After the experiments of the ‘60s and ‘70s there is much better understanding of what does and doesn’t work when it comes to building and planning, as well as organisations keen to help everyone understand the issues.
English Heritage has done a lot of work on this with good information at www.english-heritage.org.uk/caring/save-our-streets/. (For a bit of fun take a look at the interactive street video which was produced by a Better Archway member and spot the various problem cases from round here that he’s managed to include.)
That’s what traffic causes, eroding the quality of the buildings alongside the road - the wider the road, the worse the effect. The problem has been tackled successfully in the Walworth Road by widening the pavements, so making the space more comfortable for pedestrians, and reducing traffic to a single lane in both directions – see www.projectcentre.co.uk/project_desc.php?id=22.
They describe where people want to walk – and do walk if they possibly can. The main desire line you used to see in Archway was from the island straight to the tube station – where people crossed doggedly, despite the traffic and lack of pedestrian protection. There’s another one between the tube and the leisure centre, though that’s less obvious because the people who want to go that way have to do a dog leg in front of the library. There’s more on the subject at http://en.wikipedia.org/wiki/Desire_path.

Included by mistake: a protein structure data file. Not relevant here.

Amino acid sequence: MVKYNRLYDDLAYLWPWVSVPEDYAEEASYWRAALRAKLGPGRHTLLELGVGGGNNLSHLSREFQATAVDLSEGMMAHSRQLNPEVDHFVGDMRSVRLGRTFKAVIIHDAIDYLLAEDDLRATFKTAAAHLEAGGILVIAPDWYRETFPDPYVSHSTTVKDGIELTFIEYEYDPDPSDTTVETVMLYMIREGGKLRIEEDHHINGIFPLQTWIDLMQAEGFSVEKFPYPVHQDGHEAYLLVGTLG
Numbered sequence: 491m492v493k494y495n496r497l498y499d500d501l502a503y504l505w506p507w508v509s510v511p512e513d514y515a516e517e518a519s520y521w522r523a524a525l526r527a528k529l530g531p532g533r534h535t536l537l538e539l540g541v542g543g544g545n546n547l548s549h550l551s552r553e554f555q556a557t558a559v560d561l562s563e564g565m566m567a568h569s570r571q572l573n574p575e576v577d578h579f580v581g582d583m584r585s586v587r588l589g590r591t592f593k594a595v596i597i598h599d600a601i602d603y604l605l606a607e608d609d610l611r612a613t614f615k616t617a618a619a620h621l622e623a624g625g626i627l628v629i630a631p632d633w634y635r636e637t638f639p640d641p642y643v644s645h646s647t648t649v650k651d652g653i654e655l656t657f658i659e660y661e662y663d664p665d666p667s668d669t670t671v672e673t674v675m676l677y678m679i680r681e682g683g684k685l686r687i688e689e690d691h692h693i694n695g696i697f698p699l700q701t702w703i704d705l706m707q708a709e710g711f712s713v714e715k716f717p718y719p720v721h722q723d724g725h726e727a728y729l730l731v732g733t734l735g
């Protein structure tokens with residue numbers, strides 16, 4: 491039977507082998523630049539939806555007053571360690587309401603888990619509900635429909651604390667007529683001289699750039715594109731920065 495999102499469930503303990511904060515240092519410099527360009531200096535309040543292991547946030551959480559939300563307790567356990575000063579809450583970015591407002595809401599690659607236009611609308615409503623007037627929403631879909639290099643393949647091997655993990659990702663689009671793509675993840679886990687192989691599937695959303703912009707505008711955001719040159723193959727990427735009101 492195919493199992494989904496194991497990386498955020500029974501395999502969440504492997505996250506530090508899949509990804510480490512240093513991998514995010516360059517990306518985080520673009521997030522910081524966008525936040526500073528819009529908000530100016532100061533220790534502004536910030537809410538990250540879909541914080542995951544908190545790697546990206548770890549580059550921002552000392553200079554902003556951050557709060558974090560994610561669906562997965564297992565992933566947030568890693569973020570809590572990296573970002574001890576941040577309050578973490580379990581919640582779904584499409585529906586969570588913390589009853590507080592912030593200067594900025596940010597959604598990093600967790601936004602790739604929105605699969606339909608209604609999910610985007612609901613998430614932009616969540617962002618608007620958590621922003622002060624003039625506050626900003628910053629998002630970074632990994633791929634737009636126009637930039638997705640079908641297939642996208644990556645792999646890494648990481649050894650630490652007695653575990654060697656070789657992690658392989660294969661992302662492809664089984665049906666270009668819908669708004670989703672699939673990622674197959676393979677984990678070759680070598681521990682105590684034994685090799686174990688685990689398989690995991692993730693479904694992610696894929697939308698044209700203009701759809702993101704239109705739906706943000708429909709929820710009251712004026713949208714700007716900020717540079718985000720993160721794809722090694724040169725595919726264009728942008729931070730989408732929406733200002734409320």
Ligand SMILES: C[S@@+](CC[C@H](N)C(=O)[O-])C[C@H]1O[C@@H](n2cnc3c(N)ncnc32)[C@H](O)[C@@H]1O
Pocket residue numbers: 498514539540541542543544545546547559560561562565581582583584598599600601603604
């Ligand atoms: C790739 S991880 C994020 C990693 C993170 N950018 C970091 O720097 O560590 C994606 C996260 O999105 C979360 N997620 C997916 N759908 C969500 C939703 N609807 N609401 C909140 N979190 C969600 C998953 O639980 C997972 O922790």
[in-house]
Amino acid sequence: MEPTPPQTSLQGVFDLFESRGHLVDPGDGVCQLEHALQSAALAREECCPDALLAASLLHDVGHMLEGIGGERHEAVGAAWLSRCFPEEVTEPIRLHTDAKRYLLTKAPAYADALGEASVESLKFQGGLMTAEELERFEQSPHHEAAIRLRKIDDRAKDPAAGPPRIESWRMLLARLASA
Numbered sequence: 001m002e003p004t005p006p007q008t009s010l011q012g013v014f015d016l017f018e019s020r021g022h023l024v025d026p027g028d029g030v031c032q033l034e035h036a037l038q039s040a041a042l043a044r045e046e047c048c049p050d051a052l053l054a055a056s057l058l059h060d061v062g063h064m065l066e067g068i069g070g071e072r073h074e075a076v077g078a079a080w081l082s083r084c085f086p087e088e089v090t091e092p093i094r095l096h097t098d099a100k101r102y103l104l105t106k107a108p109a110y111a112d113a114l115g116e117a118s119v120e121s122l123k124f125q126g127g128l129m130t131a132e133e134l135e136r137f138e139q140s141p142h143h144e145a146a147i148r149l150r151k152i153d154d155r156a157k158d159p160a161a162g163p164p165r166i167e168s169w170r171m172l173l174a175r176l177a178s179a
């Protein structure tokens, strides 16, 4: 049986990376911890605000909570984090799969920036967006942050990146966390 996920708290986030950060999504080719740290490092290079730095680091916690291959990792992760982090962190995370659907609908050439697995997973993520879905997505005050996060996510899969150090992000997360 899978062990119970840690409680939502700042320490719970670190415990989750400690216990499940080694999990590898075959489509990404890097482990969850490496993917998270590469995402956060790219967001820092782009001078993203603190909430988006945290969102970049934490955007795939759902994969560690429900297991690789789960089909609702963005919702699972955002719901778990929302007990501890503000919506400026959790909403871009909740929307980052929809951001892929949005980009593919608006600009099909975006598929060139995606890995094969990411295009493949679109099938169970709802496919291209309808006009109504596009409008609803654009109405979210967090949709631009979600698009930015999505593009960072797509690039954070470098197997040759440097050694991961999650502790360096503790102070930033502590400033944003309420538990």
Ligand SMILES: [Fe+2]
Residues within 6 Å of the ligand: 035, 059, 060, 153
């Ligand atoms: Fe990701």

Proportion Not Detail
The Islington Urban Design Guide https://www.islington.gov.uk/~/media/sharepoint-lists/public-records/environmentalprotection/qualityandperformance/reporting/20112012/20120303islingtonurbandesignguide2006 helps focus on what does and does not work in terms of design and can be referred to in responses to planning applications. It demonstrates that modern design can make a positive contribution, but not when a new building doesn’t acknowledge the proportions and scale of existing buildings around it.
Designing Out Crime
Crime Levels on the Girdlestone are much higher than on neighbouring street properties which are also Homes for Islington housing. Much research indicates that the root cause is the lack of front doors, so those on the street know they can get away before anyone can get to them. Designing out crime has become official policy – more detail at www.designcouncil.org.uk/our-work/challenges/security/design-out-crime/.
Positive and Negative Edges
This is about whether there are openings in the building which are inviting in some way – a shop is a positive edge, most of the bottom of Archway Tower is negative edge. For an example see CABE’s comments on a proposed building for Old Street roundabout at http://webarchive.nationalarchives.gov.uk/20110118095356/http:/www.cabe.org.uk/design-review/100-city-road.